College Students, Piper and the Local Church
I’ve been reading The Pastor as Scholar & The Scholar as Pastor with John Piper and D.A. Carson. Piper leads off, giving a synopsis of his childhood, high school days, college days and so on to help the reader understand how he has come to the place of being a pastor but also a scholar.
Along the way he offers nuggets of wisdom as a result of his own experience. One is particularly helpful for university students about the local church. He writes on page 36-37:
When I went to Fuller, I was detached from the local church. In college I had not seriously engaged with one local church. That was foolish and immature. It continued for a few months in seminary, and then I got married and needed to grow up. Noel and I went to Lake Avenue Congregational Church where Ray Ortlund Sr. was the senior pastor. There we fell in love with the church-the local church of real people with real relationships. By the time we were done, Noel was caring for the mentally disabled, and I had taught seventh grade, ninth grade, and young marrieds. We were in five different small groups. Eventually, four years after I left to go to graduate school, I was ordained at that church. Never again did I play fast and loose with my attachment to the local church. To cut yourself off from the local church with a sense of self-sufficiency is, in the long run, suicidal.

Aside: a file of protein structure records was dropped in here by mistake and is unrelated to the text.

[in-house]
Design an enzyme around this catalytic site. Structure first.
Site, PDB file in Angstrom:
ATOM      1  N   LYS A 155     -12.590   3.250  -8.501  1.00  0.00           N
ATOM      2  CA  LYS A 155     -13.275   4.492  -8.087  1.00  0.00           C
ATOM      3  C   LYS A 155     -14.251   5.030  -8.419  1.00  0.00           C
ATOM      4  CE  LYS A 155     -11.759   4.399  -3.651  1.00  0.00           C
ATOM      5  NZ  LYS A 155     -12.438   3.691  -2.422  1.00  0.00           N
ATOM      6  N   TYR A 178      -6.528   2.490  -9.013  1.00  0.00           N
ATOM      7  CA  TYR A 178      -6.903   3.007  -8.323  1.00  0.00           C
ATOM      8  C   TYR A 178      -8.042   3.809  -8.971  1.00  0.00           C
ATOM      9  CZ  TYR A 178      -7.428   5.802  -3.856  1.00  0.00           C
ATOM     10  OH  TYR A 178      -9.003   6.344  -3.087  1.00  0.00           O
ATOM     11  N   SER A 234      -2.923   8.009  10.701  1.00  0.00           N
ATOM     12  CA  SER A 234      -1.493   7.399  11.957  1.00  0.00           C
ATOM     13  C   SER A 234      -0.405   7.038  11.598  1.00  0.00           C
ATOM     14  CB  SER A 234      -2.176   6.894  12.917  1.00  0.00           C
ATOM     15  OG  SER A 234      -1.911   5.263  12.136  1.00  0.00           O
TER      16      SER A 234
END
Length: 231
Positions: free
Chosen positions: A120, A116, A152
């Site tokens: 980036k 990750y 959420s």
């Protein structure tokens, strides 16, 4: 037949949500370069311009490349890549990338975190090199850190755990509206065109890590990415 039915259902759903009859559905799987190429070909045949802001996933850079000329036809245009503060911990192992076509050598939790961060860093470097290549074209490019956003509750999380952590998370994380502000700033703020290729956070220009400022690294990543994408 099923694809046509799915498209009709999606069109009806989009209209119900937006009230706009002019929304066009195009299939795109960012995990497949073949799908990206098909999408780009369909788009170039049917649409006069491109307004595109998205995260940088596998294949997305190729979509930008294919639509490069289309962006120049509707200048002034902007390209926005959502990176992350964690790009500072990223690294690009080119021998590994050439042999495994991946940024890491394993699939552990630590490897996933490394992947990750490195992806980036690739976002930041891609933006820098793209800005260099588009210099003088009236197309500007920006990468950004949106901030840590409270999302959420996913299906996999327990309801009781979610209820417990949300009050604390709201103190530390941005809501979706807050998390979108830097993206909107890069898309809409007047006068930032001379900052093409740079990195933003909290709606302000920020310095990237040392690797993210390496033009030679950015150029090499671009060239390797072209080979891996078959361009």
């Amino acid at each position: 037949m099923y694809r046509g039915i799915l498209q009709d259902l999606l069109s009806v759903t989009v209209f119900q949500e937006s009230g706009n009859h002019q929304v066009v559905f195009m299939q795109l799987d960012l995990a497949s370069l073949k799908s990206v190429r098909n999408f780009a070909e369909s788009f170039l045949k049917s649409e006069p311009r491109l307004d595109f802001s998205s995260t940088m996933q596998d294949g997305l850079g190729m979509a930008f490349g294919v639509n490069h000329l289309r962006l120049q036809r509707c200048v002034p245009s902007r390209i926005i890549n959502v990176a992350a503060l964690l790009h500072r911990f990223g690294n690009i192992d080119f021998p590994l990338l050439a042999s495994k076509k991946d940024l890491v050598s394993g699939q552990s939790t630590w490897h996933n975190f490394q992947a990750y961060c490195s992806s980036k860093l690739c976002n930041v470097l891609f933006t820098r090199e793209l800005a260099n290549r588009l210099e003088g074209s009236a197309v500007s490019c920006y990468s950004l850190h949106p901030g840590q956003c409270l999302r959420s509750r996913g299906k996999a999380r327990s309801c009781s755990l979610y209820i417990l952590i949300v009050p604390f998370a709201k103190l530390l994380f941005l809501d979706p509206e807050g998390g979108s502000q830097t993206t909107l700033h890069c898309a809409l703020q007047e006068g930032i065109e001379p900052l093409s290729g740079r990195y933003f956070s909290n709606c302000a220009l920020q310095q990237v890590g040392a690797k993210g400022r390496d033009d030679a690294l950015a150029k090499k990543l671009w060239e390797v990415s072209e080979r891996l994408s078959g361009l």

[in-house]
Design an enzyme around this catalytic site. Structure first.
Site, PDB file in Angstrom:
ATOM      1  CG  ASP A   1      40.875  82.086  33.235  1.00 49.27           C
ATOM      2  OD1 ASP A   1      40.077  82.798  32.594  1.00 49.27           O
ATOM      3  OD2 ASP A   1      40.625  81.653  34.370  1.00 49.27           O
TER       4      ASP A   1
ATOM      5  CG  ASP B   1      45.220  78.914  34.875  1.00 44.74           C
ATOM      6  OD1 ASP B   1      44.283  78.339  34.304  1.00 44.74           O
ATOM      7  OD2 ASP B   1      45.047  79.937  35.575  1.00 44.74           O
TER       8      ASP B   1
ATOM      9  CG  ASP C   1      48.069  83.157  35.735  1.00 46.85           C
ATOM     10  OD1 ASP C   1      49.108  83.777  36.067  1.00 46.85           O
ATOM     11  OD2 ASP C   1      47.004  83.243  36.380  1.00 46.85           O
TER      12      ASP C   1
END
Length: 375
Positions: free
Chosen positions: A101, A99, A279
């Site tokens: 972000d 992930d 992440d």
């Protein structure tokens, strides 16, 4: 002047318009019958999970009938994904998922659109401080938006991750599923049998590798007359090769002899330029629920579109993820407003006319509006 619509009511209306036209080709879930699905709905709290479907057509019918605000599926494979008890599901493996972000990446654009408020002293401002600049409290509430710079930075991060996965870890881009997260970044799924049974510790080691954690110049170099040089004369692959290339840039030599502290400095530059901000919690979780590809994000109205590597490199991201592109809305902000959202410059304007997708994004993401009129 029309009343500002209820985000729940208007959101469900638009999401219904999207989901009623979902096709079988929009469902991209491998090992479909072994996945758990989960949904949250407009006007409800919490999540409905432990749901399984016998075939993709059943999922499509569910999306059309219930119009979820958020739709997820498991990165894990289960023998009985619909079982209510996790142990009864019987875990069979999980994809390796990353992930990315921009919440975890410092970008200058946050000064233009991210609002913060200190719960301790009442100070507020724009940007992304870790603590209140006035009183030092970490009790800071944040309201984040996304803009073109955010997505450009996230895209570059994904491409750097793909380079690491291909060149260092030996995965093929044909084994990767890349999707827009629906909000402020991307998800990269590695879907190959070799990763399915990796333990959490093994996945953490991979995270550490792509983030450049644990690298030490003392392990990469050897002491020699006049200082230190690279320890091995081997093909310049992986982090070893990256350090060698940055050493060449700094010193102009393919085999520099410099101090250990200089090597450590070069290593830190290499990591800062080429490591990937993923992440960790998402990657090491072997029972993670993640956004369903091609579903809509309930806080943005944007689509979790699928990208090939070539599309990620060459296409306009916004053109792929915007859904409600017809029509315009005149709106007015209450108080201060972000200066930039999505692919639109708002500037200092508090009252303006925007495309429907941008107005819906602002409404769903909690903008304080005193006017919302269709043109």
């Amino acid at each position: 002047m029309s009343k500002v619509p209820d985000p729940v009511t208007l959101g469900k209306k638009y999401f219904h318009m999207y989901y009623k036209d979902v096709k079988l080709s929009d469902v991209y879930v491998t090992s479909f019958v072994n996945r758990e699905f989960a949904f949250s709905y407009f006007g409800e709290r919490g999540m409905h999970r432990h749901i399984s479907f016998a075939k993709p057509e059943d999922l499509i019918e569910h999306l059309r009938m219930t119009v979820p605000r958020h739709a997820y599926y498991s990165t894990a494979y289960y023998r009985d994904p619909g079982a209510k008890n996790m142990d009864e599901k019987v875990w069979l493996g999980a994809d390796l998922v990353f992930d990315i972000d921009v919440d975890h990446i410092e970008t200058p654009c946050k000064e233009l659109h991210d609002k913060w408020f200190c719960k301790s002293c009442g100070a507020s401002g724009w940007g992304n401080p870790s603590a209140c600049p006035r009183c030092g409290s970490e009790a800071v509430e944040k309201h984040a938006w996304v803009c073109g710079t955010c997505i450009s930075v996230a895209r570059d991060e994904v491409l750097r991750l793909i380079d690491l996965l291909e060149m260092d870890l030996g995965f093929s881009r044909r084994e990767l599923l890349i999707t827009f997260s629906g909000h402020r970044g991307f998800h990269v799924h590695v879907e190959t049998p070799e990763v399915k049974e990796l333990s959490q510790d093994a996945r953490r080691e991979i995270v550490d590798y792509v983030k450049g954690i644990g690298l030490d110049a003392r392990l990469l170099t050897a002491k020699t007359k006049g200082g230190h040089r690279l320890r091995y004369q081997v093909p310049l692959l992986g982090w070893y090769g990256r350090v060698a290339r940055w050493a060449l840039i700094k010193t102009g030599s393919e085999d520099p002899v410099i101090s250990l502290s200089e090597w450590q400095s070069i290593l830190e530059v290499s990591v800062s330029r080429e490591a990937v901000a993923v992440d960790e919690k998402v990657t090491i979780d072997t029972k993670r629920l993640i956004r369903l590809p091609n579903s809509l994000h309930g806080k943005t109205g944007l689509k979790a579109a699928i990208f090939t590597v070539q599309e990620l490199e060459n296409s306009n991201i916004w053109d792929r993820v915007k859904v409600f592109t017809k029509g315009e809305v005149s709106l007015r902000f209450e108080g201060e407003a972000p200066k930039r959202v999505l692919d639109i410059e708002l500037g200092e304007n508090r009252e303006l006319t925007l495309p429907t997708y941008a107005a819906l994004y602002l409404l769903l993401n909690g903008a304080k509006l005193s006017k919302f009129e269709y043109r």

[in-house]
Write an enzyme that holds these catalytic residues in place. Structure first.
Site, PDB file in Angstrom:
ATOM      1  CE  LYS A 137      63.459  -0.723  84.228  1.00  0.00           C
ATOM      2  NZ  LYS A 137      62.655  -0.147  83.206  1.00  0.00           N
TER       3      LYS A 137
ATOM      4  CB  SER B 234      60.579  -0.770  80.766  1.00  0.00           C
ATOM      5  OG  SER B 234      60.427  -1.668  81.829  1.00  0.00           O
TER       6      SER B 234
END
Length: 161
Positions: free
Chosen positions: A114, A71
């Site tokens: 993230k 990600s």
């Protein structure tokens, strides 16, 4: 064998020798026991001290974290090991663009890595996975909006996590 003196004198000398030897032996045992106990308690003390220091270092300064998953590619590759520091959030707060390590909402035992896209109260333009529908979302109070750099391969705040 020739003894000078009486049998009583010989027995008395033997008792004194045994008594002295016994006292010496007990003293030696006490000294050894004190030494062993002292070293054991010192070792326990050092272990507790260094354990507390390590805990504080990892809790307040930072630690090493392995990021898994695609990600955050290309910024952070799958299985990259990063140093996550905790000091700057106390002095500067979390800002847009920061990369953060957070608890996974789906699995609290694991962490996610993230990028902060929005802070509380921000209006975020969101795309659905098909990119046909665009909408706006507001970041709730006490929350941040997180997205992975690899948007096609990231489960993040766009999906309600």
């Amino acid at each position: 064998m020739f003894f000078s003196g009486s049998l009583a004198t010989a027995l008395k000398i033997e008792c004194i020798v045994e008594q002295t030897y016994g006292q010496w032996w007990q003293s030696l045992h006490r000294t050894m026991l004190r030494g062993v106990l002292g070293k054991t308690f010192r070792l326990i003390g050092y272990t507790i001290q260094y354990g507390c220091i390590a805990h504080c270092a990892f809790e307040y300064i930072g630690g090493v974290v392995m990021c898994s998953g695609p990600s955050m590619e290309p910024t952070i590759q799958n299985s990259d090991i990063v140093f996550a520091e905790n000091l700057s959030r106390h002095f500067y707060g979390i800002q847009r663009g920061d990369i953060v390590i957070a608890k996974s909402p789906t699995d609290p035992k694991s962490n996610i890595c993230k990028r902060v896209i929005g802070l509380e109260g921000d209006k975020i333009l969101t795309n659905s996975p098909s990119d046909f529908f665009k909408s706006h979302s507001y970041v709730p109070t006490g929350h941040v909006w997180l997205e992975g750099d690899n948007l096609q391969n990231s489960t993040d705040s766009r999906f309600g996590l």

These are strong words about himself and strong words for the edification for people of all ages right now. You can’t learn to love the local church unless you give yourself to Christ and His people in a local church. Most people today are just casually dating local churches and have no intention to biblically settle down and commit for better or worse – and sometimes its both. But that shouldn’t deter us, after all, Christ gave himself for you and I that we might show the love of Christ as local churches. May we head the wisdom of Piper and follow the example of Christ, and biblically give our lives to others.